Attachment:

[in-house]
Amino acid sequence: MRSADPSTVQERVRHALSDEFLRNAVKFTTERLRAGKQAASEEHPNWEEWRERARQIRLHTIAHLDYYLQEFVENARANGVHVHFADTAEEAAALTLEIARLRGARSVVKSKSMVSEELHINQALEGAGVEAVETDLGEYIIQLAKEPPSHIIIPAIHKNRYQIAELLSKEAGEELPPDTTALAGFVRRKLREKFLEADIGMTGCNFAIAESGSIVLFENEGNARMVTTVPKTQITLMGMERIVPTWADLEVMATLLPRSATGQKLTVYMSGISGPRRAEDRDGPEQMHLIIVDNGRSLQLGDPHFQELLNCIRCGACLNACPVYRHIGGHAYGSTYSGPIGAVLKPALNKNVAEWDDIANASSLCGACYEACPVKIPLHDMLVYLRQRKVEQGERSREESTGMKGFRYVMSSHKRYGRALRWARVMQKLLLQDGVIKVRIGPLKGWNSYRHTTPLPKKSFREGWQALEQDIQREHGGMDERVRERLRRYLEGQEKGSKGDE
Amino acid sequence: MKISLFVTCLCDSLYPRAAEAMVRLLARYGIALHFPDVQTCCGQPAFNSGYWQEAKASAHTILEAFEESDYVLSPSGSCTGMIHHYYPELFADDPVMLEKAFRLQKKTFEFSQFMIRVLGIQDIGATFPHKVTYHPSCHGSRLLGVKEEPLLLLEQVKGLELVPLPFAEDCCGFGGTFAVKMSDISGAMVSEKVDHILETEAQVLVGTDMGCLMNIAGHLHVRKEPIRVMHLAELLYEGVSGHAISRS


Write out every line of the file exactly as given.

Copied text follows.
[in-house]
Amino acid sequence: MRSADPSTVQERVRHALSDEFLRNAVKFTTERLRAGKQAASEEHPNWEEWRERARQIRLHTIAHLDYYLQEFVENARANGVHVHFADTAEEAAALTLEIARLRGARSVVKSKSMVSEELHINQALEGAGVEAVETDLGEYIIQLAKEPPSHIIIPAIHKNRYQIAELLSKEAGEELPPDTTALAGFVRRKLREKFLEADIGMTGCNFAIAESGSIVLFENEGNARMVTTVPKTQITLMGMERIVPTWADLEVMATLLPRSATGQKLTVYMSGISGPRRAEDRDGPEQMHLIIVDNGRSLQLGDPHFQELLNCIRCGACLNACPVYRHIGGHAYGSTYSGPIGAVLKPALNKNVAEWDDIANASSLCGACYEACPVKIPLHDMLVYLRQRKVEQGERSREESTGMKGFRYVMSSHKRYGRALRWARVMQKLLLQDGVIKVRIGPLKGWNSYRHTTPLPKKSFREGWQALEQDIQREHGGMDERVRERLRRYLEGQEKGSKGDE
Amino acid sequence: MKISLFVTCLCDSLYPRAAEAMVRLLARYGIALHFPDVQTCCGQPAFNSGYWQEAKASAHTILEAFEESDYVLSPSGSCTGMIHHYYPELFADDPVMLEKAFRLQKKTFEFSQFMIRVLGIQDIGATFPHKVTYHPSCHGSRLLGVKEEPLLLLEQVKGLELVPLPFAEDCCGFGGTFAVKMSDISGAMVSEKVDHILETEAQVLVGTDMGCLMNIAGHLHVRKEPIRVMHLAELLYEGVSGHAISRS